The crisis rocking the Kwara State chapter of the All Progressives Congress (APC) has defied several interventions by relevant authorities of the ruling party. Our correspondent reports that the crisis is threatening the chances of the party in the state ahead of the 2023 elections.
The recent decision by some top shots of the Kwara State chapter of the All Progressives Congress to form a “Third Force” has worsened the protracted leadership crisis in the party.
For the state chapter of the party, it is crisis everywhere. It has been a herculean task since the party took over the baton of leadership as there have been dissenting voices among the forces that converged in 2019 to sack the Peoples Democratic Party (PDP) under the leadership of former Senate President Bukola Saraki. The climax of that symbolic defeat was encapsulated in the “O to ge” mantra.
Two years after that crushing defeat, the inauguration of the chief beneficiary of that struggle, Abdulrahman Abdulrazaq as governor and “leader” of the party in the state has not brought about unity of purpose among party members.
There has been war of supremacy between the governor and some other major stakeholders across the three senatorial districts that hitherto worked for his election, including those holding strategic positions in government at the centre, over his style of leadership.
Such opposing gladiators include the Minister of Information and Culture, Alhaji Lai Mohammed, Minister of State for Transport, Senator Gbemisola Saraki, former chairman of the Federal Character Commission, Professor Shuaib Oba and former chairman of the PDP, Akogun Iyiola Oyedepo, among others.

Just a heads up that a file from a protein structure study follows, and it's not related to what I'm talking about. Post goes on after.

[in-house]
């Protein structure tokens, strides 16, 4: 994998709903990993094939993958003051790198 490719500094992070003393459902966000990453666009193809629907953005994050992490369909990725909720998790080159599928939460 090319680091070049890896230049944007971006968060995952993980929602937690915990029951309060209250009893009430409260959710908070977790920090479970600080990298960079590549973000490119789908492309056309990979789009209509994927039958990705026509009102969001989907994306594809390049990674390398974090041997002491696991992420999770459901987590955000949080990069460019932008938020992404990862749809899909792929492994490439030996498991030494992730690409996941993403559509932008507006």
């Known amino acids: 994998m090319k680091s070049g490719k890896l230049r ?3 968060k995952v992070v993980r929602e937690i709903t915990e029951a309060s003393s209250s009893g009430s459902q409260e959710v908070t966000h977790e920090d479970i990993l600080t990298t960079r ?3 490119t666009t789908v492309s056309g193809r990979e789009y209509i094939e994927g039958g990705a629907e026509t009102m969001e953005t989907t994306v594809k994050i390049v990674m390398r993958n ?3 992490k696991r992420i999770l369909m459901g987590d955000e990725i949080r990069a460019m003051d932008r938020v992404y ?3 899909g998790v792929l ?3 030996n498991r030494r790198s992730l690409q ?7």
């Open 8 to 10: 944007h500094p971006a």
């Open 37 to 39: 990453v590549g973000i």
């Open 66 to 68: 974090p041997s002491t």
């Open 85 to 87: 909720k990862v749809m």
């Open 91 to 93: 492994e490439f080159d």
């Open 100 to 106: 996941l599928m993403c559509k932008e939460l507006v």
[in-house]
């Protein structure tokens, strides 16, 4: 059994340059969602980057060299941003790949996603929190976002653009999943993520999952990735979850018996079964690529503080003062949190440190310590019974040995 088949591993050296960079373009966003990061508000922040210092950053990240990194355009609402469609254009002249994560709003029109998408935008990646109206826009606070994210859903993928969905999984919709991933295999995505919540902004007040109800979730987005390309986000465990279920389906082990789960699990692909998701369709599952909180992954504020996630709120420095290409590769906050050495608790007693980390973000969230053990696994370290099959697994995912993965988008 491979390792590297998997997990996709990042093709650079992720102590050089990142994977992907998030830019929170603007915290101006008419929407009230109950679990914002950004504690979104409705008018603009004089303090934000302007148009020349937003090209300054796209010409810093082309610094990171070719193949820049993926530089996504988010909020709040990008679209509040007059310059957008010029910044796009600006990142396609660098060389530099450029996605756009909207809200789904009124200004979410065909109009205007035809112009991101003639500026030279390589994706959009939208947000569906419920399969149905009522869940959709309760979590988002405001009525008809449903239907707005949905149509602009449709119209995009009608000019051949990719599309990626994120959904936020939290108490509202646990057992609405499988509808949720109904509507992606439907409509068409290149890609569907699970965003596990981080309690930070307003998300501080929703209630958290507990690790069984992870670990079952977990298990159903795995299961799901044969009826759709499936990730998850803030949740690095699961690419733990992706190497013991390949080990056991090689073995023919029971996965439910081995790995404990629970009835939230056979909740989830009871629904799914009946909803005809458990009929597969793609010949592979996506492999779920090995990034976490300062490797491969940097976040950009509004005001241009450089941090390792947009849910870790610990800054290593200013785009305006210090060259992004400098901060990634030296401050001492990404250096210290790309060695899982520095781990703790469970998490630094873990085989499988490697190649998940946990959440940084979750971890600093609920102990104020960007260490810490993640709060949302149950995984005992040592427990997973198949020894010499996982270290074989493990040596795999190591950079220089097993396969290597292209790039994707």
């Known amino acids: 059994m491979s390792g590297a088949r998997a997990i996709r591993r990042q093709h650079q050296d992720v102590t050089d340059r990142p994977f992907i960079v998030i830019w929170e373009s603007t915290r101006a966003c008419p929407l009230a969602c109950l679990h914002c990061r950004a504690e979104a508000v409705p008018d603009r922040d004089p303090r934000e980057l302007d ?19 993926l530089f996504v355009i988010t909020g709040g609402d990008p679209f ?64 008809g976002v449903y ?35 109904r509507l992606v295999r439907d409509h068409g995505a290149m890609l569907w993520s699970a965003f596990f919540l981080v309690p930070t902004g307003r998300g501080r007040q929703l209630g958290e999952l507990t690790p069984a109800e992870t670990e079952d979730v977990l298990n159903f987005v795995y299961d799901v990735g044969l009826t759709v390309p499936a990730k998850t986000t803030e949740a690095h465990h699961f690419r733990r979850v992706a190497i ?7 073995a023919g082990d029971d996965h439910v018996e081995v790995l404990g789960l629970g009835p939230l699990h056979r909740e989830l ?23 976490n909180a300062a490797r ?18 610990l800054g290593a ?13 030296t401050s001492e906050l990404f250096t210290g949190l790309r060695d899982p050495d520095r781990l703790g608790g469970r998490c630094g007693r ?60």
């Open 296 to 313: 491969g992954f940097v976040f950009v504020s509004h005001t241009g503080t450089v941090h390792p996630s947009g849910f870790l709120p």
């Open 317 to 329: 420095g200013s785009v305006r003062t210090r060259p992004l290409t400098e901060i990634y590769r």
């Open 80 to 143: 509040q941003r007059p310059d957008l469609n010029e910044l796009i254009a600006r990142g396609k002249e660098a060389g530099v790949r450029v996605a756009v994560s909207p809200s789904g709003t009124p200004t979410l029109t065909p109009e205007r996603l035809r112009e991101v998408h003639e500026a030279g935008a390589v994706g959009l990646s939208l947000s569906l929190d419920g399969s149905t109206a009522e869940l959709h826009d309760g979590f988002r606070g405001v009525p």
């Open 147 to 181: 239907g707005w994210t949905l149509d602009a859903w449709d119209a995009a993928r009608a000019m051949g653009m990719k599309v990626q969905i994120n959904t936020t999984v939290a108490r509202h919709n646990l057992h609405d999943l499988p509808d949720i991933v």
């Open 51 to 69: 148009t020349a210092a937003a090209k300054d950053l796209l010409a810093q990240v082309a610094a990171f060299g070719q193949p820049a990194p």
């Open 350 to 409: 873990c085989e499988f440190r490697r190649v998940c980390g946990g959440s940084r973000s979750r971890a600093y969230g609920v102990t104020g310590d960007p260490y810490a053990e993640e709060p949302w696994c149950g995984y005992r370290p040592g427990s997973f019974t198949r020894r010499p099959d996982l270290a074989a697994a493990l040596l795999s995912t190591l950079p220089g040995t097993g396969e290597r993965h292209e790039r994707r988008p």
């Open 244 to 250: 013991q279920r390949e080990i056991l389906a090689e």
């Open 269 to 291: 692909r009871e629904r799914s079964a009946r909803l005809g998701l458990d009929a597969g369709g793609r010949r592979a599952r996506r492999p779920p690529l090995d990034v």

According to insiders, the war now threatening to tear the party apart started shortly after the governor emerged as its gubernatorial candidate. After the governor’s swearing in and sensing opposition to his politics, Abdulrazaq moved to consolidate hold on power and build clout to muzzle internal opposition to his position within the party. Politicians said to be loyal to him formed a group called AA Forum, with “overriding powers.”
Expectedly, this did not go down well with many aggrieved opponents, but he soldiered on. The governor initially pushed for the emergence of Prince Sunday Fagbemi, a close ally, as Kwara APC chairman, but the effort failed. Amid intrigues and politicking, Bashir Omolaja Bolarinwa (BOB) emerged. Undeterred by the outcome of that power tussle, the governor trudged on, pitching himself against some “power brokers.” Meanwhile, the battle shifted to the party’s registration exercise.